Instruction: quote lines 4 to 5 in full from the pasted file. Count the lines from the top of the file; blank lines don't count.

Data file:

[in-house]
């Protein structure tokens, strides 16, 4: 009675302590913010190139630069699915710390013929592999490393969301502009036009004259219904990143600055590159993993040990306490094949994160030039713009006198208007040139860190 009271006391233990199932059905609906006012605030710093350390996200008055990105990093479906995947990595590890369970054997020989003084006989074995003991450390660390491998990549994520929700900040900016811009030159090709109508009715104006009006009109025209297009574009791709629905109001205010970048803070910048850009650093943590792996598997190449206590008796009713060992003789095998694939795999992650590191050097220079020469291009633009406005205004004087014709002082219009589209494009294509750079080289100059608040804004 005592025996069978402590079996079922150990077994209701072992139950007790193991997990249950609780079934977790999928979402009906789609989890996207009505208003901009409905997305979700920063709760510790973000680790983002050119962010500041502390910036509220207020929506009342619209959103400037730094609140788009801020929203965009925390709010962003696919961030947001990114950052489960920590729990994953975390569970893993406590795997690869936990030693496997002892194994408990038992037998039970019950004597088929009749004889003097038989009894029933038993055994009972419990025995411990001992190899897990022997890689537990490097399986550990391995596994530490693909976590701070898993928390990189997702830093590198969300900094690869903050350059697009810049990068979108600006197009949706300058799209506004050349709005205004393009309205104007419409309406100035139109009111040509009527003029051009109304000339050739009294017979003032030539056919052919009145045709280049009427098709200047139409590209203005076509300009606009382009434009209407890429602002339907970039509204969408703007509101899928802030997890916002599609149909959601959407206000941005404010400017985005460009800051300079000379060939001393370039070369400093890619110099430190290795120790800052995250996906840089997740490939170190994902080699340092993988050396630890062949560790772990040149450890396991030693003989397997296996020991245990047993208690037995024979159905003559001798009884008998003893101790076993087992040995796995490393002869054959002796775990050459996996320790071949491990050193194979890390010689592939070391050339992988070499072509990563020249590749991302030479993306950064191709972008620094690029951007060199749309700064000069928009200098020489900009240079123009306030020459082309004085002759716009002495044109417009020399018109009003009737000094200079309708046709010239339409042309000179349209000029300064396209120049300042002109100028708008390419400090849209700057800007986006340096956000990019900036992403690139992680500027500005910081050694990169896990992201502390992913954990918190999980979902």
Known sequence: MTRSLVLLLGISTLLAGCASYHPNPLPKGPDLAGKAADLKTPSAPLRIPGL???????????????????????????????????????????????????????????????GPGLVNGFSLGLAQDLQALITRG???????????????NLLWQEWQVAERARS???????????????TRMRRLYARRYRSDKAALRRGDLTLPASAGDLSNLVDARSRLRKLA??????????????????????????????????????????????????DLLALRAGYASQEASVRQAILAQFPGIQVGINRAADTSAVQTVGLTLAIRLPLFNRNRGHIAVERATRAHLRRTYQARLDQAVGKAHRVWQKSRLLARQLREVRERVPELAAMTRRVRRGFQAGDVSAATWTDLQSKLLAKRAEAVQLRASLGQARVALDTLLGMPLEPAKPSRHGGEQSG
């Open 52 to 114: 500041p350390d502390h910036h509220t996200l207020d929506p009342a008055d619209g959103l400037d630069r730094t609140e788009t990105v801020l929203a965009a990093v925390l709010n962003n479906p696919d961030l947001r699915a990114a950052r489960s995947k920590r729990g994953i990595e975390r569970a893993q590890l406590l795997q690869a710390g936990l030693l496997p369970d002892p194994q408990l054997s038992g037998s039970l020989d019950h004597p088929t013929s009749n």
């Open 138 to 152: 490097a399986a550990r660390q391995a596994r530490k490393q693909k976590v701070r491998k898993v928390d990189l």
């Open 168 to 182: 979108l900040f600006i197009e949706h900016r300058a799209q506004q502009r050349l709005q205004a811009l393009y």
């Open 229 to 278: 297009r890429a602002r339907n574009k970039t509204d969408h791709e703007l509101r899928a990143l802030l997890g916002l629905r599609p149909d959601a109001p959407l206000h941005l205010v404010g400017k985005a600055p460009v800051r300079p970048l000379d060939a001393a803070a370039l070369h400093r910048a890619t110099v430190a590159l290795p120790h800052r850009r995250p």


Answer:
């Open 52 to 114: 500041p350390d502390h910036h509220t996200l207020d929506p009342a008055d619209g959103l400037d630069r730094t609140e788009t990105v801020l929203a965009a990093v925390l709010n962003n479906p696919d961030l947001r699915a990114a950052r489960s995947k920590r729990g994953i990595e975390r569970a893993q590890l406590l795997q690869a710390g936990l030693l496997p369970d002892p194994q408990l054997s038992g037998s039970l020989d019950h004597p088929t013929s009749n």
């Open 138 to 152: 490097a399986a550990r660390q391995a596994r530490k490393q693909k976590v701070r491998k898993v928390d990189l």